In addition to screening, access to timely treatment is also critical. Hydroxyurea (HU), the current global standard of care for SCD, will be made available in more facilities participating in CONSA.

“Sub-Saharan Africa has the highest SCD burden in the world and this partnership is a testament to our long-standing commitment to provide a comprehensive approach to disease management that encompasses early intervention strategies, such as screening and diagnosis; follow-up treatment such as HU; research to investigate new treatments; and education and advocacy to improve access to existing therapies,” said Racey Muchilwa, Country President and the Head of Novartis sub-Saharan Africa. “The Novartis Africa Sickle Cell Disease program is implemented through public-private partnerships with local governments, as well as collaborations with universities, patient groups, professional societies and other organizations,” she added.

About Sickle Cell Disease

SCD is an inherited blood disorder which is life threatening and causes suffering throughout the lives of many of those affected, including acute painful episodes, anemia, organ damage, chronic pain, and fatigue. Over 300,000 children are born with SCD in Africa every year; more than half do not survive past their fifth birthday2. A recent study demonstrated that large-scale, universal screening could save the lives of up to 10 million children globally3.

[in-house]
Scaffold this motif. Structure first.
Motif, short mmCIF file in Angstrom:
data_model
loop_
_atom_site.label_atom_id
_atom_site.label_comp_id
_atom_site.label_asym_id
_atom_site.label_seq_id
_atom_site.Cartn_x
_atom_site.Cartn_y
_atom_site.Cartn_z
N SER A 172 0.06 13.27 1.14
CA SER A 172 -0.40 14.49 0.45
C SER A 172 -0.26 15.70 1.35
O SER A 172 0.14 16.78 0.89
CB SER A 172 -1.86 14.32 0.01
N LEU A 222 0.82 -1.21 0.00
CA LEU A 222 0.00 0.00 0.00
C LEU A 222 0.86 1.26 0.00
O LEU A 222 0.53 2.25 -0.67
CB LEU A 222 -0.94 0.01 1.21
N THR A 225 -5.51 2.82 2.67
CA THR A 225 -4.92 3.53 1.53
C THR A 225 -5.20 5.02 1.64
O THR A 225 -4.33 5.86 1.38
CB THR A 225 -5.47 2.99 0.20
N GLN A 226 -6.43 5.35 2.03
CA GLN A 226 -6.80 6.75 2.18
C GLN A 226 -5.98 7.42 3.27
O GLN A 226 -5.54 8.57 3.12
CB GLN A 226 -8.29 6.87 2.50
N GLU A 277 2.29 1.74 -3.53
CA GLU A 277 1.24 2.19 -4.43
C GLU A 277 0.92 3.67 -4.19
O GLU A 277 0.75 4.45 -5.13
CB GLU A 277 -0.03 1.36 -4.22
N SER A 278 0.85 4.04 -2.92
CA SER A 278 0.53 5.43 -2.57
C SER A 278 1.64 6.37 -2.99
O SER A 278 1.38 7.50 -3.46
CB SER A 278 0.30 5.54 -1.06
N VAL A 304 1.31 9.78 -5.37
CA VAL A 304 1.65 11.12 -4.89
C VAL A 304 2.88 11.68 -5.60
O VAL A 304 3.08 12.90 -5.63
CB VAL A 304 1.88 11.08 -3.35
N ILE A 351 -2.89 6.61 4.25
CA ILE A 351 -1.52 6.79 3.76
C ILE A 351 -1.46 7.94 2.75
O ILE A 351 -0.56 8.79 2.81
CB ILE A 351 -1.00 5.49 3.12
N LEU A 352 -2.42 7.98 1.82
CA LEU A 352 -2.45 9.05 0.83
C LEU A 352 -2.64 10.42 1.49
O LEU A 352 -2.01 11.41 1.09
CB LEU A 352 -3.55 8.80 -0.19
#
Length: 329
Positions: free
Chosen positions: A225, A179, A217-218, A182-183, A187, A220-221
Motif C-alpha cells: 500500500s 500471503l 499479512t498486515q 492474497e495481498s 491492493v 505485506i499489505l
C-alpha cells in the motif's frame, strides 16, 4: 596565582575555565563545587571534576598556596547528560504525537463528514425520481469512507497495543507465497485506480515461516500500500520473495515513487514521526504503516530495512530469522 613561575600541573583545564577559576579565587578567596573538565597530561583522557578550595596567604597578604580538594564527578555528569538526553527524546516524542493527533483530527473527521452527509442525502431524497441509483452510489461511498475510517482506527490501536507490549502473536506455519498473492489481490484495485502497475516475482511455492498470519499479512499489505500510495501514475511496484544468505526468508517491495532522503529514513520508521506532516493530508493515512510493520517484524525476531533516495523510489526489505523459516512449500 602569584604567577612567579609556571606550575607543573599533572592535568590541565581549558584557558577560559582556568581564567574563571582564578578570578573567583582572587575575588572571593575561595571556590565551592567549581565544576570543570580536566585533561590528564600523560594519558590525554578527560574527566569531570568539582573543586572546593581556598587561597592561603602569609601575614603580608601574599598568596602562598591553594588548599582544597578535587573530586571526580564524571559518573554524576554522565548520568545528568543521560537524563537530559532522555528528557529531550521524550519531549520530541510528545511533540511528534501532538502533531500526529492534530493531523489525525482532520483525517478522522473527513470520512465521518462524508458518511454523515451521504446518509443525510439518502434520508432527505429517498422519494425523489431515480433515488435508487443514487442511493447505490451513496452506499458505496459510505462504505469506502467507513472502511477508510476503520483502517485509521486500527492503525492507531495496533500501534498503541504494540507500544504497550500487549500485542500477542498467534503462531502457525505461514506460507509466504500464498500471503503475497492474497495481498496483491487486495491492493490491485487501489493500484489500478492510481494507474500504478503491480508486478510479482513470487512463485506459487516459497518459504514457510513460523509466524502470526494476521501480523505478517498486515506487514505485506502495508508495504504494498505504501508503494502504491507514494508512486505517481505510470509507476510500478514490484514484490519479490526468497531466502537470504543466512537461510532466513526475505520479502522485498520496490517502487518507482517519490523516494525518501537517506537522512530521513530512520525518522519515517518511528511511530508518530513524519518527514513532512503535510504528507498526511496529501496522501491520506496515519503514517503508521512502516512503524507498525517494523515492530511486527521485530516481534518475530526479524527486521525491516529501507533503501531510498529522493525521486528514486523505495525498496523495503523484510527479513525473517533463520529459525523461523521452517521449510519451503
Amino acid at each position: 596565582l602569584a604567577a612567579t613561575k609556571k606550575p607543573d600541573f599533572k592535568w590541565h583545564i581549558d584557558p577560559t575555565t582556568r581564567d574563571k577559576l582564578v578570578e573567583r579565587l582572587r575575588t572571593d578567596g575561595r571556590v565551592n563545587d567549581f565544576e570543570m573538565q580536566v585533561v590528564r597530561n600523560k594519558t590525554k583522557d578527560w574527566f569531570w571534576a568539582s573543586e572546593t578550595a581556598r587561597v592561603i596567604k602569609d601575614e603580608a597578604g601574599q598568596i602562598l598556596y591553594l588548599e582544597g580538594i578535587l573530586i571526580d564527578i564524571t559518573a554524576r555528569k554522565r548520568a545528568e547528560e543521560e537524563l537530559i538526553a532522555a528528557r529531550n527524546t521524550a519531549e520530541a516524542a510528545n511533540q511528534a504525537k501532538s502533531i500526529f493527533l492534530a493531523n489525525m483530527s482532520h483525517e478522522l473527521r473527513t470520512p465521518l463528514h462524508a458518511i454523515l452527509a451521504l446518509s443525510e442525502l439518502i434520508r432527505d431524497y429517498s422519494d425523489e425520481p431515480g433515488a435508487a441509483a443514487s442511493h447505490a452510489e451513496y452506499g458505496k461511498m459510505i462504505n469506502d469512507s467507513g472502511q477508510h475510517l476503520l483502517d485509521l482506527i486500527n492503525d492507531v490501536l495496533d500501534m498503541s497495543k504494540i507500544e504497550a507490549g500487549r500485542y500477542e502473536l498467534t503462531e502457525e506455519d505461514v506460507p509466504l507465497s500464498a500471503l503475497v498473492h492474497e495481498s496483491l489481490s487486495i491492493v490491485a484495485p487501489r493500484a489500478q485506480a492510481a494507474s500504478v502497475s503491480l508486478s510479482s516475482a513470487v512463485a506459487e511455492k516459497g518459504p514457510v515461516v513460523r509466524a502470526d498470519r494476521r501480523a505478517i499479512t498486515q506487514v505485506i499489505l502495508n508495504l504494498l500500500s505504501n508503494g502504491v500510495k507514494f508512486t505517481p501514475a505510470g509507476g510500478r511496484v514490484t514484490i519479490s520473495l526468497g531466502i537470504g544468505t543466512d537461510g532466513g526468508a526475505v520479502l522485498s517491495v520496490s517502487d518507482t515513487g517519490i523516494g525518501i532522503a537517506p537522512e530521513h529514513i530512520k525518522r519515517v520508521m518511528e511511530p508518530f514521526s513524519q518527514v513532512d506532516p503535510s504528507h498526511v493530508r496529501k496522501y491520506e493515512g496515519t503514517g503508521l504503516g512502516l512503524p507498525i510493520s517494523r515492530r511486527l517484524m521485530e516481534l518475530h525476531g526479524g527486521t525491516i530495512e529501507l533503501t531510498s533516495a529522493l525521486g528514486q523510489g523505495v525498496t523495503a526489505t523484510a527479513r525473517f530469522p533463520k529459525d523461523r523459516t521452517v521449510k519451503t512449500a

This media update contains forward-looking statements within the meaning of the United States Private Securities Litigation Reform Act of 1995. Forward-looking statements can generally be identified by words such as “potential,” “can,” “will,” “plan,” “may,” “could,” “would,” “expect,” “anticipate,” “look forward,” “believe,” “committed,” “investigational,” “pipeline,” “launch,” or similar terms, or by express or implied discussions regarding potential marketing approvals, new indications or labeling for the investigational or approved products described in this media update, or regarding potential future revenues from such products. You should not place undue reliance on these statements. Such forward-looking statements are based on our current beliefs and expectations regarding future events, and are subject to significant known and unknown risks and uncertainties. Should one or more of these risks or uncertainties materialize, or should underlying assumptions prove incorrect, actual results may vary materially from those set forth in the forward-looking statements. There can be no guarantee that the investigational or approved products described in this media update will be submitted or approved for sale or for any additional indications or labeling in any market, or at any particular time. Nor can there be any guarantee that such products will be commercially successful in the future. In particular, our expectations regarding such products could be affected by, among other things, the uncertainties inherent in research and development, including clinical trial results and additional analysis of existing clinical data; regulatory actions or delays or government regulation generally; global trends toward health care cost containment, including government, payor and general public pricing and reimbursement pressures and requirements for increased pricing transparency; our ability to obtain or maintain proprietary intellectual property protection; the particular prescribing preferences of physicians and patients; general political, economic and business conditions, including the effects of and efforts to mitigate pandemic diseases such as COVID-19; safety, quality, data integrity or manufacturing issues; potential or actual data security and data privacy breaches, or disruptions of our information technology systems, and other risks and factors referred to in Novartis AG’s current Form 20-F on file with the US Securities and Exchange Commission. Novartis is providing the information in this media update as of this date and does not undertake any obligation to update any forward-looking statements contained in this media update as a result of new information, future events or otherwise.